Supporting political reform central to degree pursuit
for Myanmar Fulbrighter
Dramatic efforts to forge democratic reform in Myanmar inspired Zaw Thein, a graduate student at Western Michigan University, to earn a master’s degree in political science so he may more fully participate in the movement to democratize his homeland.
“There are few political scientists in Myanmar,” said Thein, who earned his bachelor’s degree in geology in 1974 from the University of Yangon. “My country has been under the official rule of a military junta since 1962 and one of the many things the military did upon seizing power was to outlaw the study of political science. The justification for that was that government officials believed Burmese Socialism was the only system to study, so why bother studying anything else?”
His interest in politics was piqued by student demonstrations he witnessed in 1988 from his apartment window in Yangon during a pro-democracy uprising. Thein said the military junta suppressed everything that could have developed from the protests, so he settled into a career at a family-owned printing press.
In 2005, Thein heard about an opportunity to advance his English skills and to learn more about democracy and how other countries manage their affairs at the American Center in the Embassy of the United States in Yangon. In addition to ESL classes, Thein enrolled in courses in history, public speaking, American culture and creative writing. “I am a strong supporter of my country’s National League for Democracy party and General Secretary Daw Aung San Suu Kye,” he said. “This group will provide my country with its best chance to make a peaceful transition to democracy.”
Through his involvement at the American Center, Thein learned about the United States’ Fulbright program and a merit-based award they offer to support international education exchange for students, scholars, teachers, professionals, scientists, and artists. Thein’s Fulbright award covers tuition for his master’s program at WMU and provided a stipend to cover living expenses and some travel within the United States.
“As a non-traditionally-aged graduate student, I didn’t expect to receive an award,” he said. “The Institute for International Education, which administers the Fulbright program, selected WMU as my host university. I am grateful to all the people who have helped make it possible for me to study in the United States and for the strong support that WMU provides to Fulbrighters. I especially appreciate that Dr. Metro Roland (WMU Fulbright advisor) and Sonnie Farmer (support staff) host lunch meetings for us regularly and other social activities, like picnics and trips to Chicago.”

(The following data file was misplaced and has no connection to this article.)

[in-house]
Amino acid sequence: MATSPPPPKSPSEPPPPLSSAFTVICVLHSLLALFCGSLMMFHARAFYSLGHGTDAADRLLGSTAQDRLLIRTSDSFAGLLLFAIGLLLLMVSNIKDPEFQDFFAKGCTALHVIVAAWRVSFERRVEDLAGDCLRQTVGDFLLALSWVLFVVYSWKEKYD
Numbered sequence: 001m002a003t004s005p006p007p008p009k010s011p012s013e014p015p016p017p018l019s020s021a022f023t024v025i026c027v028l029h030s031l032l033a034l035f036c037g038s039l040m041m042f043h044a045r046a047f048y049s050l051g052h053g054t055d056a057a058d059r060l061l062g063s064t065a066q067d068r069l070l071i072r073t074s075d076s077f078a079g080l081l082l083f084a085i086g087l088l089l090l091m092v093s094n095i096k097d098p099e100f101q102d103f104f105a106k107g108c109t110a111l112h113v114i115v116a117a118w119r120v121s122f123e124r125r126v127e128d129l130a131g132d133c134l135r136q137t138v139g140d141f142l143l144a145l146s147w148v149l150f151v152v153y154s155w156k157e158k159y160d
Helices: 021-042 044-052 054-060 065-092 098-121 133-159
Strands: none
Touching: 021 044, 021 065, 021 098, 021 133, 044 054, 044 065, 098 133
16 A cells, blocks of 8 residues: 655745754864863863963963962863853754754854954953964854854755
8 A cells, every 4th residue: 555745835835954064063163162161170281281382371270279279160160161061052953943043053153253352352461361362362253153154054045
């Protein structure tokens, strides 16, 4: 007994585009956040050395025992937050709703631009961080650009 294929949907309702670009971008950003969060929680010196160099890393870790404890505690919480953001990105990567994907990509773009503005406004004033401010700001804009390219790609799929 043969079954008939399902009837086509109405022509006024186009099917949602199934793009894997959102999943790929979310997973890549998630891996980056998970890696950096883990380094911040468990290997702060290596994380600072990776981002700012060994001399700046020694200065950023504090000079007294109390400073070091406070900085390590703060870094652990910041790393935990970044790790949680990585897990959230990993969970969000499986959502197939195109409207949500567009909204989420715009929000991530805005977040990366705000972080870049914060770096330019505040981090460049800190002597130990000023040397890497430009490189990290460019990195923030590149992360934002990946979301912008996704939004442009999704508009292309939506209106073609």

One of the biggest cultural changes Thein experienced settling into life in the U.S. for his two-year program was learning how to operate U.S. automated teller machines and adjusting to a climate that requires wearing shoes instead of sandals.
“It took me a while to get used to the cooler weather and wearing mainly shoes,” he said. “In Myanmar, people wear sandals for everything, including official meetings. We have dressy sandals and casual sandals, much like the shoe culture in the United States.”
At WMU, Thein lives in Spindler Hall, a dormitory adjacent to campus, which is also home to other international students. “I enjoy living at Spindler because you can access the Internet there 24 hours a day and it is a relatively quiet hall, so it is a good place to work,” he said. “I also like that I feel part of a community there because everyone is friendly and helpful—we often have potluck meals together. However, I don’t have that much free time because I spend a lot of time studying.”
Thein, with article author, Ian Magnusson, a WMU undergraduate
who has served as Thein's "cultural ambassador"
After completing his master’s degree in political science in spring 2013, Thein plans to return to Myanmar and translate political science books, write and publish articles, and teach basic political science courses. He says graduation from WMU will not be the end of his academic journey: “Seven credits in political science does not make one a political scientist—getting the degree is a baby step on a longer journey.”
Story by Ian Magnusson